The unpredictability of fate
Fate has always been a topic of interest for most of us. As young children, we take fate for granted but we believe in destiny. As adults however we start looking at fate a bit differently and we learn that fate can take many twists and turns and in general can be unpredictable.
Simply put, we believe that unpredictability of fate is interesting. It has fascinated us for thousands of years. A simple example is that we believe that fate shapes our destiny and our choices. It is a way of saying that our lives are not entirely within our control. Another way of saying it is that unforeseen things can happen at any moment. Some may be small and just impact us for the moment while other can end up shaping the course of our lives in that too in ways which we can totally never imagine.
Many short stories have been written by authors of both the past and the present about the twists of fate. “The Monkey’s Paw” and “The Princess and the Pea” are two very famous short stories that have been famous since forever. Let’s discuss about those.
While they may seem very different on the surface, they both deal with themes of fate, chance, and the unexpected. In this analysis, we will examine these two stories and explore how the authors use these themes to create compelling narratives.
The Monkey’s Paw
Lets start off with an analysis of the monkey’s paw. “The Monkey’s Paw” is a horror story written by W.W. Jacobs in 1902. The story follows the White family, who receive a cursed monkey’s paw from a friend who has recently returned from India. The paw has the power to grant three wishes, but with each wish comes a terrible and unknown consequence. The story is a cautionary tale about the dangers of greed and the unpredictability of fate.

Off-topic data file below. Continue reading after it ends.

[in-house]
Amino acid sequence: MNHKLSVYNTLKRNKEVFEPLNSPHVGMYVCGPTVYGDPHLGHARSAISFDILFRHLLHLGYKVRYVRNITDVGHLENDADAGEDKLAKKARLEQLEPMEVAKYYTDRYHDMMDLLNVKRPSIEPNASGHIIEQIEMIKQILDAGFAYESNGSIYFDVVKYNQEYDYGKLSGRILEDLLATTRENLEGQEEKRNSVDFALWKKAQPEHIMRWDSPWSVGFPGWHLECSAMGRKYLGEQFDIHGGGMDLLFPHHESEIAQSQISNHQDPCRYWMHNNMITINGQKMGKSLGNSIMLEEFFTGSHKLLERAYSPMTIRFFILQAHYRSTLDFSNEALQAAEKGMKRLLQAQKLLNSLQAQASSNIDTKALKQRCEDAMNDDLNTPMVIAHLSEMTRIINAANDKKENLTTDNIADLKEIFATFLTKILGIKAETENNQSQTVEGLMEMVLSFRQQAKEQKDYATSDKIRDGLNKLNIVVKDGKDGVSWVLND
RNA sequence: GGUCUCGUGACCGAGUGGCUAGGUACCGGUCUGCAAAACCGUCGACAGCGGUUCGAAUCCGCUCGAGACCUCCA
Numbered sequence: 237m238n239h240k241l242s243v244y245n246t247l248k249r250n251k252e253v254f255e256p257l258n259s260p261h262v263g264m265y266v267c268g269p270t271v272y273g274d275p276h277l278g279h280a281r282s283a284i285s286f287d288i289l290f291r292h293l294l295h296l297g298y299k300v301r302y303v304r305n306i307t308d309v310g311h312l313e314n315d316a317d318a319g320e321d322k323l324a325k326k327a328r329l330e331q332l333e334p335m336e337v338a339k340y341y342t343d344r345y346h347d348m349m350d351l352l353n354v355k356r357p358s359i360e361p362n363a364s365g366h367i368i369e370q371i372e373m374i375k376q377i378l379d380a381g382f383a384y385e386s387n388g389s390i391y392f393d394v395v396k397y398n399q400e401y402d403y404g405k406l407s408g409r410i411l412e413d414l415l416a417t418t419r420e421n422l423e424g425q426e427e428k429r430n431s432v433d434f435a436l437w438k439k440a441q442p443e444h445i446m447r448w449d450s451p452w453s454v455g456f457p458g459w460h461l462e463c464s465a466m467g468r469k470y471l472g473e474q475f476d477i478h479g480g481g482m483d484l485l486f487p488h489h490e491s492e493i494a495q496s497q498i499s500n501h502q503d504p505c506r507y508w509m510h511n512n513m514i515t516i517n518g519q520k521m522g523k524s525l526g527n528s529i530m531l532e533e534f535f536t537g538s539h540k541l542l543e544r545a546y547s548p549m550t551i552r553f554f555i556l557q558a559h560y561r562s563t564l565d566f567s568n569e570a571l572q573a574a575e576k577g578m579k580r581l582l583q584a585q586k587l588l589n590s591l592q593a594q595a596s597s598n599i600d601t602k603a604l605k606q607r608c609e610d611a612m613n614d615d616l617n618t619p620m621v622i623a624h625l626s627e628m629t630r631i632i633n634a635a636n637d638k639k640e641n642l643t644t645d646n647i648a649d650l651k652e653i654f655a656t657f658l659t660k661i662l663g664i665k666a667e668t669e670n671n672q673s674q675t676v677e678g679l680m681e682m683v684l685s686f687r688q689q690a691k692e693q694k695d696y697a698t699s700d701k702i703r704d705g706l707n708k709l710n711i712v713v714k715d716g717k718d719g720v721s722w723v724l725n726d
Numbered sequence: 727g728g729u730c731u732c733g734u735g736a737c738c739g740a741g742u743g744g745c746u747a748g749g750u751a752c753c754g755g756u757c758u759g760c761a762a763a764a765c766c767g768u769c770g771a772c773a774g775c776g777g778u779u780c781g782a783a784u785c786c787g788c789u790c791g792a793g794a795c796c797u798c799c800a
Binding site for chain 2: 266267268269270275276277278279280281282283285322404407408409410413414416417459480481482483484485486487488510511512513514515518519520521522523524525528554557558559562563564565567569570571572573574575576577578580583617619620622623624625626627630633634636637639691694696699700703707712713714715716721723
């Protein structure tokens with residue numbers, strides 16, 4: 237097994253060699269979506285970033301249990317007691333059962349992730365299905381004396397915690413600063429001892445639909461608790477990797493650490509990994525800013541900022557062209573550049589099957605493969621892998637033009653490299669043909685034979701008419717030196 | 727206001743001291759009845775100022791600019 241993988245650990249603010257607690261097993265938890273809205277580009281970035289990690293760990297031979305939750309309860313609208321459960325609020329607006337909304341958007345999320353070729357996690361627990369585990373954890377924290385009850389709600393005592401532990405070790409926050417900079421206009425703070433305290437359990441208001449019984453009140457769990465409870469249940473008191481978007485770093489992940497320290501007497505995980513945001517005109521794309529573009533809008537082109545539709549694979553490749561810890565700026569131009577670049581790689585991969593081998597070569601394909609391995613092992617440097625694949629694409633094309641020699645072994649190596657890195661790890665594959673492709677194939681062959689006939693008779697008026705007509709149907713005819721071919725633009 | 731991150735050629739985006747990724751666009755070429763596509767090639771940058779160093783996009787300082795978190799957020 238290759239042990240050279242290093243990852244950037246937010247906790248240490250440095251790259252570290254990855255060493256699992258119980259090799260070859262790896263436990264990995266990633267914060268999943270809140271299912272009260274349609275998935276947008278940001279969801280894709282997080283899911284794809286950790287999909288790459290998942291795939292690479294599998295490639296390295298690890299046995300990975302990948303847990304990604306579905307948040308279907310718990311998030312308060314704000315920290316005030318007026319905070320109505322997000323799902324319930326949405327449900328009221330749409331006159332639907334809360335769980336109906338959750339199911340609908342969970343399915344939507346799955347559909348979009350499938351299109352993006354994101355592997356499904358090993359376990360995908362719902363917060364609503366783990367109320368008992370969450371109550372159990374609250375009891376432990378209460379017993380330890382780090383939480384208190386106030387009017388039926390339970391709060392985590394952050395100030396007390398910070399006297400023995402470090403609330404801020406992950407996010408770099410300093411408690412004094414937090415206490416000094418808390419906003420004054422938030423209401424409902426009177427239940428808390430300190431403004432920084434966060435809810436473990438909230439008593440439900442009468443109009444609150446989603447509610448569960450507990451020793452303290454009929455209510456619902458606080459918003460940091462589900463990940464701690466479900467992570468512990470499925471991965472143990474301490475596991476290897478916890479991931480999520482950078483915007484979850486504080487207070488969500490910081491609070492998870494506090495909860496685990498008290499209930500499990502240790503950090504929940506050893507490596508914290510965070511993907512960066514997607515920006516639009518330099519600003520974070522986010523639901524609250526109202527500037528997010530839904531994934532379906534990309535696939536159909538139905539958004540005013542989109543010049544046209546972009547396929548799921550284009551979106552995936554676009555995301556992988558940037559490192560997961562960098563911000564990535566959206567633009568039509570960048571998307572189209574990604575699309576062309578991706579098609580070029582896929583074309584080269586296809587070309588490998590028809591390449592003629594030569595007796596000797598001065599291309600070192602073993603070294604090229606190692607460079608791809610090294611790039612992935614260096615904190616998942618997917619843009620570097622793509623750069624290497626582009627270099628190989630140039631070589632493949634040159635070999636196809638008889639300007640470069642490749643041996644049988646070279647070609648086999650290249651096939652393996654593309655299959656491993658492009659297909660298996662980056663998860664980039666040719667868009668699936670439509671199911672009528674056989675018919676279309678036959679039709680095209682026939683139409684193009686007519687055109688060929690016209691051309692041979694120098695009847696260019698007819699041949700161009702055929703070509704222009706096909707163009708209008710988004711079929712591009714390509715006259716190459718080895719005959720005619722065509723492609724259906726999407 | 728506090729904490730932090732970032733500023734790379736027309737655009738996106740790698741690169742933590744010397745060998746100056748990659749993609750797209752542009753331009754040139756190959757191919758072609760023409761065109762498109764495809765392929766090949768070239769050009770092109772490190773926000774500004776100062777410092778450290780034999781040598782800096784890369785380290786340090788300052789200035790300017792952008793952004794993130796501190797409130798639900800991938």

One of the key themes in “The Monkey’s Paw” is the idea that every action has a consequence, planned or unplanned. The characters in the story are warned about the paw’s power, but they ignore the warnings and make their wishes anyway. The consequences of their actions are disastrous, and the story ends with a sense of horror and foreboding.
Another theme in “The Monkey’s Paw” is the idea of fate. The characters believe that the paw can change their destiny, but in reality, their fate is already predetermined. The paw merely accelerates the process and brings their doom upon them more quickly. This idea of fate is reinforced by the fact that the White family cannot escape their destiny, no matter how hard they try.
The princess and the pea
“The Princess and the Pea” is a fairy tale written by Hans Christian Andersen in 1835. The story tells the tale of a prince who is searching for a true princess to marry. One stormy night, a young woman arrives at the palace claiming to be a princess. To test her claim, the queen places a pea under twenty mattresses and twenty feather beds. The next morning, the young woman complains about how uncomfortable the bed was, proving that she is a true princess.
One of the key themes in “The Princess and the Pea” is the idea of chance. The young woman who arrives at the palace is not seeking to become a princess, but by chance, she happens to be one. Similarly, the pea that the queen places under the mattresses is a small, insignificant object, but it ultimately determines the young woman’s fate.
Another theme in “The Princess and the Pea” is the idea of the unexpected. The young woman who arrives at the palace is not what the prince and queen were expecting. She is unkempt and disheveled, and her claim to be a princess seems far-fetched. However, she proves herself to be a true princess by her sensitivity to the pea under the mattresses. This unexpected turn of events leads to the young woman’s happily ever after.
In conclusion, “The Monkey’s Paw” and “The Princess and the Pea” are two classic short stories that deal with themes of fate, chance, and the unexpected. While they may seem very different on the surface, they share a common thread of cautionary tales
In both stories, the authors use vivid imagery and descriptive language to bring their narratives to life. In “The Monkey’s Paw,” Jacobs creates a sense of foreboding by describing the paw as mummified and dreadful” The stormy night on which the young woman arrives at the palace in “The Princess and the Pea” is described in great detail, creating a sense of tension and anticipation.
The authors also use symbolism to reinforce their themes. In “The Monkey’s Paw,” the paw symbolizes the dangers of greed and the unpredictability of fate. In “The Princess and the Pea,” the pea symbolizes the idea that small, insignificant things can have a big impact on our lives.